Judging timings in a lesson

Author: Aly Spencer
Published: 01/10/2019

Managing timings in a lesson

“I’m finding it hard to judge timings in my lessons. It’s really hard to predict how long things will take and I’m still getting it wrong… it makes me panic mid-lesson!”

Daniel, English trainee teacher

The effective use of lesson time is a skill evidenced in Standard 4, and it’s important to make it a priority this year. Research by Anders Ericsson, a professor of psychology at Florida State University, formed the basis of Malcolm Gladwell’s book, Outliers: The Story of Success (2008), which claimed that it takes about 10,000 hours of practice to achieve mastery in a certain skill. Although there has been lots of debate since then about the validity of that number, it is still important to remember that you cannot master the art of planning lessons in your initial teacher training year. But what you can do, and absolutely should do, is get some of those hours in the bank now!

I train my teachers to understand the difference between two techniques I call ‘micro planning’ and ‘macro planning’.

Micro planning

It’s very tempting early on in your career to start with the little details and work outwards. Typically, a trainee will start their planning at the first five minutes of the lesson and immediately jump to the starter activity.

What do I want my students to do when they enter the classroom? This is often the first question training teachers ask. From that starting point, they will build a solo lesson minute-by-minute and spend hours scouring the internet for resources. It becomes more about the resource and finding the right picture for the PowerPoint than it does about the actual learning.

If you’re doing this, then it may be the reason why you’re struggling to manage time in the lesson.

Macro planning

This technique forces you to think about the learning journey as opposed to staccato one-off events in your planner. You begin by zooming right out and looking at the bigger picture in the topic. Think:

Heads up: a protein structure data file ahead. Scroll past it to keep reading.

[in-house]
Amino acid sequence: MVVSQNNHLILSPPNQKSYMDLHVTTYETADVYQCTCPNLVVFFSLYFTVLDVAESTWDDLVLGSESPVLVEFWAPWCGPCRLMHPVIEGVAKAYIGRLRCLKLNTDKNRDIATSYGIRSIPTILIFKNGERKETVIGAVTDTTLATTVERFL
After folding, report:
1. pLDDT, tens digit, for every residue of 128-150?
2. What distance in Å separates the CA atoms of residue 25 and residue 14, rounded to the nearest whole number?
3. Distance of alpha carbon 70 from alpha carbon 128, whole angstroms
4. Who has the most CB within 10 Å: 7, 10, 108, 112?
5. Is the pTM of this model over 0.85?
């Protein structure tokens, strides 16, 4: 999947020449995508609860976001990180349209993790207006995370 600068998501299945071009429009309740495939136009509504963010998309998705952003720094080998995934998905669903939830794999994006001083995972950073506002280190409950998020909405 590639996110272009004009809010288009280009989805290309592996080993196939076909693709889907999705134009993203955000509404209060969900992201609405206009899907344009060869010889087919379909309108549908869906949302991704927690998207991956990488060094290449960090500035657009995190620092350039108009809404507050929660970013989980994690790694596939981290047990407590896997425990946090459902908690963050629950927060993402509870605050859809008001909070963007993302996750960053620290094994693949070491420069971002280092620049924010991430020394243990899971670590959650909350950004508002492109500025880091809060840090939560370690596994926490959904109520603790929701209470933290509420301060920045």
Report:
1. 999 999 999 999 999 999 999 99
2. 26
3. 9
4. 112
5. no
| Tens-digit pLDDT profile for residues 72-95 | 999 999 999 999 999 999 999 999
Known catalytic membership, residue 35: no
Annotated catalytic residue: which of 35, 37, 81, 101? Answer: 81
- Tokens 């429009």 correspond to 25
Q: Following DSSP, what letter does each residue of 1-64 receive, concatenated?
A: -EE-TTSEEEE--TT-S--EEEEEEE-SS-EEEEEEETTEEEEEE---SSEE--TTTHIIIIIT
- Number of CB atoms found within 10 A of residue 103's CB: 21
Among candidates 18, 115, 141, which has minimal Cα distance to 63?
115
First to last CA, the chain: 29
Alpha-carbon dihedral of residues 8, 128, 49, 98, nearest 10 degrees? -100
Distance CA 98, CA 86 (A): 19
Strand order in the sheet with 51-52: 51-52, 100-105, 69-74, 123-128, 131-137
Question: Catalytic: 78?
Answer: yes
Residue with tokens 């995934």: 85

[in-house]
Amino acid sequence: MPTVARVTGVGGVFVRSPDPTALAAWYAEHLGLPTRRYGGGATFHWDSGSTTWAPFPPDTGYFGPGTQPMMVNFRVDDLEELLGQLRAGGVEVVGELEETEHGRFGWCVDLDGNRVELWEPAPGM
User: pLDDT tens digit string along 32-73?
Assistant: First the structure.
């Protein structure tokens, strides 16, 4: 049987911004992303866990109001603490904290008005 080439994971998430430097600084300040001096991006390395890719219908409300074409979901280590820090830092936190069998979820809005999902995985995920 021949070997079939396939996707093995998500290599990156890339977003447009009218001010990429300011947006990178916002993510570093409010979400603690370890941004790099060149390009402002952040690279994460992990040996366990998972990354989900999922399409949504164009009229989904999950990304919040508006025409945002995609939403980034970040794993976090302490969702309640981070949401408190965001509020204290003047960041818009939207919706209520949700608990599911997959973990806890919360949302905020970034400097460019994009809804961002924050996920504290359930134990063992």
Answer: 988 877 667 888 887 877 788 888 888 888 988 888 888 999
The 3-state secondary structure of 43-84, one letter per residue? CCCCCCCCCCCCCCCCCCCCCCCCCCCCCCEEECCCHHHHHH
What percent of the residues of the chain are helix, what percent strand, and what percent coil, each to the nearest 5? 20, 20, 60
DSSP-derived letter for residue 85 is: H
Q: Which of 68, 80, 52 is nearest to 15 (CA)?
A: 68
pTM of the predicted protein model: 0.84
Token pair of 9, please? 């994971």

• What knowledge do I want my students to have by the end of this sequence of lessons?

  • What skills do I want them to be able to demonstrate at the end?

If you think like this, then work backwards, the resources almost become irrelevant. They’re just ‘add ons’ at the end.

You'll find an example of a macro plan for a physics topic, kindly donated by one of my trainees above. 

  • The first column summarises what students will be able to do (the skills).

  • The final column captures the important ideas they will encounter (the knowledge).

  • The middle column focuses on the topic’s key concepts and language.

If you macro plan like this first, it will give you a much better ‘map’ of where you’re taking your young minds. From this point, plan lessons in chunks with the learning outcomes/objectives in the first column. Forget about time and plan for knowledge and skill acquisition instead. It’s worth remembering that one class may take three lessons to secure their understanding of a key concept, whereas another class might only take one. If you know where you’re going on the big journey and you have it mapped out, then you will never have those moments of panic in a lesson when your activity timings are off, because you will know what’s coming next.

Just remember that successfully mastering Standard 4 will have the biggest impact on students’ progression.


Gladwell, M. (2008) Outliers: The Story of Success. London: Penguin Books.

Physics Lesson Plan

An example of macro planning. 

Aly Spencer

Aly Spencer is Head of ITT for the Fylde Coast SCITT and teaching schools, and co-chair of a network of ITT providers across Lancashire. She has a special interest in the progress and wellbeing of early career teachers.